I will try to save up to 20% of my income on a consistent basis this year. I definitely have to pass my school exam and office promotion interview too.
While I’m at it i should probably drop a few pounds as well. Come to think of it, it wouldn’t be a bad idea if I get into a relationship that’s actually heading towards the altar this time…
But these are the same commitments and determinations I made last year, and two years ago as well. Do I have the ability to accomplish it this time? Do I possess the self discipline and will power to achieve it this time? Have I acquired the necessary skills and built up my character enough to finally hit my target?
Maybe I shouldn’t even bother.
Afterall, I am not the worst person. And what will people say if I make the attempt and fail? Ahhh, let me just maintain my level abeg.
Self-doubt is lack of confidence or faith in a person’s actions, decisions, work, abilities, etc. We have all been a victims of self-doubt ranging from successful business people to those still coming up. A little bit of self doubt is both normal and healthy but it should not stop you from attaining the heights and achieving your set goals.
We have all made decisions at some point and doubt those choices simply because we feel that they are not good enough.
Self-doubt can lead to anxiety and depression, which can be detrimental to your physical health. It causes problems like tiredness, weight gain, high blood pressure. Self-doubt can hinder us from living our best life and achieving our set goals. Therefore, it is important to learn more about it and be aware of the problems they cause and find suitable ways to overcome them in order to live a satisfied life.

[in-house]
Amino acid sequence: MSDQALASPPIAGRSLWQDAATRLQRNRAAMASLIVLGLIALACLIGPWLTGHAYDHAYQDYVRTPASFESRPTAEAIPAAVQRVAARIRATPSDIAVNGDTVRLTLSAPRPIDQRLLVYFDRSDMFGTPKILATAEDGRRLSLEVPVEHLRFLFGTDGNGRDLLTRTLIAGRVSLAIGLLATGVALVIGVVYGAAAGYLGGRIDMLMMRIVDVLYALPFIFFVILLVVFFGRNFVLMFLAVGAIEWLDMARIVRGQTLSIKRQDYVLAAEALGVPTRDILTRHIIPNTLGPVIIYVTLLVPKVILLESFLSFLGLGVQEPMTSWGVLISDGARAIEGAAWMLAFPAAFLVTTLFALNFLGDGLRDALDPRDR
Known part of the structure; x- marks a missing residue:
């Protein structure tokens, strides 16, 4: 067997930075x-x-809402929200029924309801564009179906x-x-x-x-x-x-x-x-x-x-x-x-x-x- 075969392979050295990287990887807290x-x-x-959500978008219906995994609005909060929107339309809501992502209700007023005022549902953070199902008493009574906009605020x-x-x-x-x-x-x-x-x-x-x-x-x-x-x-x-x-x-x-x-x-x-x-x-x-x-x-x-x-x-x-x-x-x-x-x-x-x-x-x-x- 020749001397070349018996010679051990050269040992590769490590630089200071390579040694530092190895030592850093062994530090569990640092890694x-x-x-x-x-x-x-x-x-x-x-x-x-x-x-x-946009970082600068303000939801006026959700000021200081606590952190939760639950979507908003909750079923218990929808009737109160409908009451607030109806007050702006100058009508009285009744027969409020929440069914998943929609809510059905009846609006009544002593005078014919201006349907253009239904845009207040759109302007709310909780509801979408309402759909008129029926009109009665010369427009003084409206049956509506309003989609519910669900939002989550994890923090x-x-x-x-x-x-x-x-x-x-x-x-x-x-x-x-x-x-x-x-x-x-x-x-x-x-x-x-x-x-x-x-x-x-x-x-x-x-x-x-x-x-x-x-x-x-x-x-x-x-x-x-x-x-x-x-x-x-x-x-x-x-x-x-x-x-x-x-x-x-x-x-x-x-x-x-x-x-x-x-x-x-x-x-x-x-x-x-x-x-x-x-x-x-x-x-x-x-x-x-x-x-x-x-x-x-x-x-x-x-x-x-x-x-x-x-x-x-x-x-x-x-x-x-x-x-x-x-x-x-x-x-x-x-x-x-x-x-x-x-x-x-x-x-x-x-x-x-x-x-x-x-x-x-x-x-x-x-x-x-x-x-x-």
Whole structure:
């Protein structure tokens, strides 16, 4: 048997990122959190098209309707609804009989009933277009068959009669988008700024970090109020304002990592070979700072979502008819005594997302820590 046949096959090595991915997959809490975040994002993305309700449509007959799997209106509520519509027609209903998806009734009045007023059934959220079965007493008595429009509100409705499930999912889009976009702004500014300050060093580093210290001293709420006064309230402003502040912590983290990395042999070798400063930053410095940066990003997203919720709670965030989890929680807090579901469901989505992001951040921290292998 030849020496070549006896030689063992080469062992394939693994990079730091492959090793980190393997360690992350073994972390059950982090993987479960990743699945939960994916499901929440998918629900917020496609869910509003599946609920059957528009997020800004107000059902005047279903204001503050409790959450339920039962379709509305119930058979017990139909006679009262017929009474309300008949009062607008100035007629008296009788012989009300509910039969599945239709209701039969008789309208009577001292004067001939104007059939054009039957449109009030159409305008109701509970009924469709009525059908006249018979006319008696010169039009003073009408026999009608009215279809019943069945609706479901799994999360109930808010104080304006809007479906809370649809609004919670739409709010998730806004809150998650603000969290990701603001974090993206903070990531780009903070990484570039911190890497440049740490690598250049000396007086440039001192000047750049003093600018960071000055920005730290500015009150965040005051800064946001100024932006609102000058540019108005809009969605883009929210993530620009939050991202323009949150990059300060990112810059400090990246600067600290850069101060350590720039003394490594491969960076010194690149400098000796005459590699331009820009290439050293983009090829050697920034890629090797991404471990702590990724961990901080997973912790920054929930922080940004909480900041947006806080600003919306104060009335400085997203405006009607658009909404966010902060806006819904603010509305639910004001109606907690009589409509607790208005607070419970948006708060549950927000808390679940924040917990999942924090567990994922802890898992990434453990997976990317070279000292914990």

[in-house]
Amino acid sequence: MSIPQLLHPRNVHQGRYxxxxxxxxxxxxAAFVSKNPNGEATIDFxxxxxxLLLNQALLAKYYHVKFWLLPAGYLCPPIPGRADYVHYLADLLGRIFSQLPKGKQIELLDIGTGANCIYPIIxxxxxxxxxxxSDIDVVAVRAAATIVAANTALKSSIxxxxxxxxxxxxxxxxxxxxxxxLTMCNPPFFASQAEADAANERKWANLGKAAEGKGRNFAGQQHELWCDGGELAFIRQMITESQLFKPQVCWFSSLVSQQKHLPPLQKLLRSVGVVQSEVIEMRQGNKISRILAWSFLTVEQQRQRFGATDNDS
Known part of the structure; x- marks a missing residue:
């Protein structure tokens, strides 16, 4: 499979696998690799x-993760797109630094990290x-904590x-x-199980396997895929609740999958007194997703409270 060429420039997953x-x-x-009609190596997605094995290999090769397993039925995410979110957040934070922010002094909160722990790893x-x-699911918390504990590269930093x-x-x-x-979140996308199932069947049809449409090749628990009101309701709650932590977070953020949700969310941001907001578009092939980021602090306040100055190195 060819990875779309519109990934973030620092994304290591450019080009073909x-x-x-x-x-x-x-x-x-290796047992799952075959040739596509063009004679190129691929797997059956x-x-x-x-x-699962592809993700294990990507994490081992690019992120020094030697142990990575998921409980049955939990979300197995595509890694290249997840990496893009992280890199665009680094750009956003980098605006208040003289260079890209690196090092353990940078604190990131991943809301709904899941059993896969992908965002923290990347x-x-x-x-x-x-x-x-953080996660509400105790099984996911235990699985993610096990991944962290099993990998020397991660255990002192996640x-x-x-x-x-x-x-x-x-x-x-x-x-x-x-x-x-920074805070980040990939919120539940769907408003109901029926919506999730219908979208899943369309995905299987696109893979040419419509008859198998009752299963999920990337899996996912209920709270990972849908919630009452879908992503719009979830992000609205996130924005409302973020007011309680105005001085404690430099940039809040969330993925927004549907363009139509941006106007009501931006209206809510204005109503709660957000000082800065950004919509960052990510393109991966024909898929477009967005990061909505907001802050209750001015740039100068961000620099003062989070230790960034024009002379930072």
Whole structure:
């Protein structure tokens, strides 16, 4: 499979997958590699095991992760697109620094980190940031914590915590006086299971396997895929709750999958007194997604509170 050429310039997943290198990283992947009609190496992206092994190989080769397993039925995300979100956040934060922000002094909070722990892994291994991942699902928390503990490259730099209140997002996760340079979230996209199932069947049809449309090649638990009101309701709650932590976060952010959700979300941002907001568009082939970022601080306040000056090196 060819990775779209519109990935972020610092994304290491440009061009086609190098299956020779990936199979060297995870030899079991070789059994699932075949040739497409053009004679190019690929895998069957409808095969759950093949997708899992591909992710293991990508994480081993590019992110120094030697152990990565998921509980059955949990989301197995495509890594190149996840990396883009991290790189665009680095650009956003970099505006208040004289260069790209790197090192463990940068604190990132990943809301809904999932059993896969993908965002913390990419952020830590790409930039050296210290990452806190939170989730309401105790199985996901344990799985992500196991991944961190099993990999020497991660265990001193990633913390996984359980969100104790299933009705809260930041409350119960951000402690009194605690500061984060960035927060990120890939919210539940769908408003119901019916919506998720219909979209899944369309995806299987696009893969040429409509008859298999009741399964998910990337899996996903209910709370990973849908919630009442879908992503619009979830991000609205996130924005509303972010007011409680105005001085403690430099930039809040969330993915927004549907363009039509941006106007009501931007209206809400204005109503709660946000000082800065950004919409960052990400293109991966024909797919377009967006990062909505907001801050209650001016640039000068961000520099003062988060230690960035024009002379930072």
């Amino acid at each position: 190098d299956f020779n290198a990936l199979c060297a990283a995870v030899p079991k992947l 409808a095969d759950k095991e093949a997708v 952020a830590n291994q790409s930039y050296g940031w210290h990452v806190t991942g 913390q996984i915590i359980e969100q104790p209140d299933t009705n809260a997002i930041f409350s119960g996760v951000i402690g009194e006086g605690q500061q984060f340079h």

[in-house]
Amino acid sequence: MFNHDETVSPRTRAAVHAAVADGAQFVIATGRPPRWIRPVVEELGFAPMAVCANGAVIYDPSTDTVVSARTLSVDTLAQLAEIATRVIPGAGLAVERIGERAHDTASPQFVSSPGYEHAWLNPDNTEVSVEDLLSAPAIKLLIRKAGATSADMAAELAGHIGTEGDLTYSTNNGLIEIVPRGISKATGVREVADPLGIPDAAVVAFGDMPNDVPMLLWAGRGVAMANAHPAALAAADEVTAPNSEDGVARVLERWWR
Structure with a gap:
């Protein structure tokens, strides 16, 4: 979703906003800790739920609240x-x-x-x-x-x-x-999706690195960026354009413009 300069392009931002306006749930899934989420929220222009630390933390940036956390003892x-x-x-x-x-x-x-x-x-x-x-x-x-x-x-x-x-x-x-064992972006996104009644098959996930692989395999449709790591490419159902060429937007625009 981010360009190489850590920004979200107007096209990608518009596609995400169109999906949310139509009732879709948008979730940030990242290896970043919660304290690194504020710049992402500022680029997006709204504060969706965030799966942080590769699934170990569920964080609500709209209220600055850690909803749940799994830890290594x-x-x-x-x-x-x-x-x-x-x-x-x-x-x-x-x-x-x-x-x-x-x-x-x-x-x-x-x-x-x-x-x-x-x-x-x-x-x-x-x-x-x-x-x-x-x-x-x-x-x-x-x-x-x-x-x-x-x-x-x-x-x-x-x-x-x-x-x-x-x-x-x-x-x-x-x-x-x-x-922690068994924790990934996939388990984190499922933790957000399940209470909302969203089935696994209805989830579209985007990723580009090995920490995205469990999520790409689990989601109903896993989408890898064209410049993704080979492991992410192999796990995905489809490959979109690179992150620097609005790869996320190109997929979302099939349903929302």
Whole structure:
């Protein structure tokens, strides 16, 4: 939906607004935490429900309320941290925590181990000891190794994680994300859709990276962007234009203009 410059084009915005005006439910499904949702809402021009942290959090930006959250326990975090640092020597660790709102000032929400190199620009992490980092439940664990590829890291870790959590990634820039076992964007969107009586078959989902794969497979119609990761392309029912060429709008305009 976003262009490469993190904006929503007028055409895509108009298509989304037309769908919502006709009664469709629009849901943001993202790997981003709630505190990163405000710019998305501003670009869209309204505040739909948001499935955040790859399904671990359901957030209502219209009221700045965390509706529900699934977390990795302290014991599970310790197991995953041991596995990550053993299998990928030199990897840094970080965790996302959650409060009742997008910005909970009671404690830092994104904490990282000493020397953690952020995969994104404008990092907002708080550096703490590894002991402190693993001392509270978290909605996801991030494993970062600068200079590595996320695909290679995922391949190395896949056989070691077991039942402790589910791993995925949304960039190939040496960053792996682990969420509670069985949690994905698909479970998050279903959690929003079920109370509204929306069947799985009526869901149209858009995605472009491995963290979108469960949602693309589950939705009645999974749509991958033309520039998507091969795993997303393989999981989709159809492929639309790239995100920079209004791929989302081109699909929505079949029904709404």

SOME CAUSES OF SELF DOUBT.
- Past experiences and mistakes
- Comparing yourself with others
- Lack of self confidence
- Fear of failure
- Inability to accept change.
WAYS TO OVERCOME SELF DOUBT
1. Try to Live in the Present Moment
Living in the present moment means you no longer worry about what happened in the past nor be afraid of what will happen in the future.
Most times we live in the past. We judge our future or present successes based on our past experiences or failures. Our past experiences are supposed to be lessons we learn from to help shape us to be better. Be in the present. If you are thinking of your past mistakes, it should be you trying to figure out a way to correct them or prevent them from reoccurring. DON’T DWELL ON THEM.
Every day should be a new start and a new slate to go for what you really want.
2. Believe in Yourself
A lot of times we look down on ourselves. We make great decisions and come up with unique ideas but then doubt kicks in and we begin to question all these great decisions. We have to learn to trust ourselves and our instinct. What ever you set your mind to achieve, if you put in the work and proper planning, you will get it done. Try not to be your own enemy, rather, learn to celebrate yourself and compliment yourself. Silence the voice of negativity immediately it arises.
“Trust yourself. Create the kind of self that you will be happy to live with all your life. Make the most of yourself by fanning the tiny, inner sparks of possibility into flames of achievement.” –Golda Meir.
3. Work with like-minded people